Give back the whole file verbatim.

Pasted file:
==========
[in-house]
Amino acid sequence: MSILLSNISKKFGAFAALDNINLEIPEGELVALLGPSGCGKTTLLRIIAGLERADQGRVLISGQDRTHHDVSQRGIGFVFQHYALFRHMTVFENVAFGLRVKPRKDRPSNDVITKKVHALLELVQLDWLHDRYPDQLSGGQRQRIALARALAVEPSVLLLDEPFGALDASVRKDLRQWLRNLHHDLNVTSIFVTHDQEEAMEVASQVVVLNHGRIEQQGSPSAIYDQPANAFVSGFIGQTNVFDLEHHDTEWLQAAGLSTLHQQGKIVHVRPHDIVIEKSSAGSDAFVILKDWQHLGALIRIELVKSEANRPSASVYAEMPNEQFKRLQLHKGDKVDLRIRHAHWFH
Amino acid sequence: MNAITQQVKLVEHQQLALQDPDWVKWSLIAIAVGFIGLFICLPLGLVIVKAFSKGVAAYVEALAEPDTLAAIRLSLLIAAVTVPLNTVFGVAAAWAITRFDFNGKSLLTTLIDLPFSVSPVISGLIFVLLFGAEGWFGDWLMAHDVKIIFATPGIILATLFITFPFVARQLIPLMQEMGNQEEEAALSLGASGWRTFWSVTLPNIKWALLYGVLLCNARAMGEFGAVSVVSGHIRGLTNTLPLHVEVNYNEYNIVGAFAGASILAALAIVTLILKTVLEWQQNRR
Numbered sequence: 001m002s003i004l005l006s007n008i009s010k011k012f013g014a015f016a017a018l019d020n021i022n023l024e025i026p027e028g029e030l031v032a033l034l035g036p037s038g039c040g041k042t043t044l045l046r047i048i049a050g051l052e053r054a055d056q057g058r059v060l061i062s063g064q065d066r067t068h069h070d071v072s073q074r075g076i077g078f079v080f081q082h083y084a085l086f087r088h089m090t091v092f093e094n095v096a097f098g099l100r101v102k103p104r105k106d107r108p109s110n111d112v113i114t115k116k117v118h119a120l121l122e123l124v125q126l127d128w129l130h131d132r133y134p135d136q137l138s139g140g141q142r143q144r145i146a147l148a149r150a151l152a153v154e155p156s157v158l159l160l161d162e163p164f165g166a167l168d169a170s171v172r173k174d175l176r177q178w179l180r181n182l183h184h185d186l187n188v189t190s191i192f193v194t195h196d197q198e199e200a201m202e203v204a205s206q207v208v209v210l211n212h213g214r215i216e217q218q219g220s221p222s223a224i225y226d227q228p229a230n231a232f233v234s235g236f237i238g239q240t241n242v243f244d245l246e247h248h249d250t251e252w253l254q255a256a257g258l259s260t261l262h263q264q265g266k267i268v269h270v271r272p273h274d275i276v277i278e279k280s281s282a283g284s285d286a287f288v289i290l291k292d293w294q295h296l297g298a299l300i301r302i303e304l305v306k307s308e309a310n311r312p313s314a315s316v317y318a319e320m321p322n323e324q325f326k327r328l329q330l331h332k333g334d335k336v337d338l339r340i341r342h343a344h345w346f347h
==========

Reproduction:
[in-house]
Amino acid sequence: MSILLSNISKKFGAFAALDNINLEIPEGELVALLGPSGCGKTTLLRIIAGLERADQGRVLISGQDRTHHDVSQRGIGFVFQHYALFRHMTVFENVAFGLRVKPRKDRPSNDVITKKVHALLELVQLDWLHDRYPDQLSGGQRQRIALARALAVEPSVLLLDEPFGALDASVRKDLRQWLRNLHHDLNVTSIFVTHDQEEAMEVASQVVVLNHGRIEQQGSPSAIYDQPANAFVSGFIGQTNVFDLEHHDTEWLQAAGLSTLHQQGKIVHVRPHDIVIEKSSAGSDAFVILKDWQHLGALIRIELVKSEANRPSASVYAEMPNEQFKRLQLHKGDKVDLRIRHAHWFH
Amino acid sequence: MNAITQQVKLVEHQQLALQDPDWVKWSLIAIAVGFIGLFICLPLGLVIVKAFSKGVAAYVEALAEPDTLAAIRLSLLIAAVTVPLNTVFGVAAAWAITRFDFNGKSLLTTLIDLPFSVSPVISGLIFVLLFGAEGWFGDWLMAHDVKIIFATPGIILATLFITFPFVARQLIPLMQEMGNQEEEAALSLGASGWRTFWSVTLPNIKWALLYGVLLCNARAMGEFGAVSVVSGHIRGLTNTLPLHVEVNYNEYNIVGAFAGASILAALAIVTLILKTVLEWQQNRR
Numbered sequence: 001m002s003i004l005l006s007n008i009s010k011k012f013g014a015f016a017a018l019d020n021i022n023l024e025i026p027e028g029e030l031v032a033l034l035g036p037s038g039c040g041k042t043t044l045l046r047i048i049a050g051l052e053r054a055d056q057g058r059v060l061i062s063g064q065d066r067t068h069h070d071v072s073q074r075g076i077g078f079v080f081q082h083y084a085l086f087r088h089m090t091v092f093e094n095v096a097f098g099l100r101v102k103p104r105k106d107r108p109s110n111d112v113i114t115k116k117v118h119a120l121l122e123l124v125q126l127d128w129l130h131d132r133y134p135d136q137l138s139g140g141q142r143q144r145i146a147l148a149r150a151l152a153v154e155p156s157v158l159l160l161d162e163p164f165g166a167l168d169a170s171v172r173k174d175l176r177q178w179l180r181n182l183h184h185d186l187n188v189t190s191i192f193v194t195h196d197q198e199e200a201m202e203v204a205s206q207v208v209v210l211n212h213g214r215i216e217q218q219g220s221p222s223a224i225y226d227q228p229a230n231a232f233v234s235g236f237i238g239q240t241n242v243f244d245l246e247h248h249d250t251e252w253l254q255a256a257g258l259s260t261l262h263q264q265g266k267i268v269h270v271r272p273h274d275i276v277i278e279k280s281s282a283g284s285d286a287f288v289i290l291k292d293w294q295h296l297g298a299l300i301r302i303e304l305v306k307s308e309a310n311r312p313s314a315s316v317y318a319e320m321p322n323e324q325f326k327r328l329q330l331h332k333g334d335k336v337d338l339r340i341r342h343a344h345w346f347h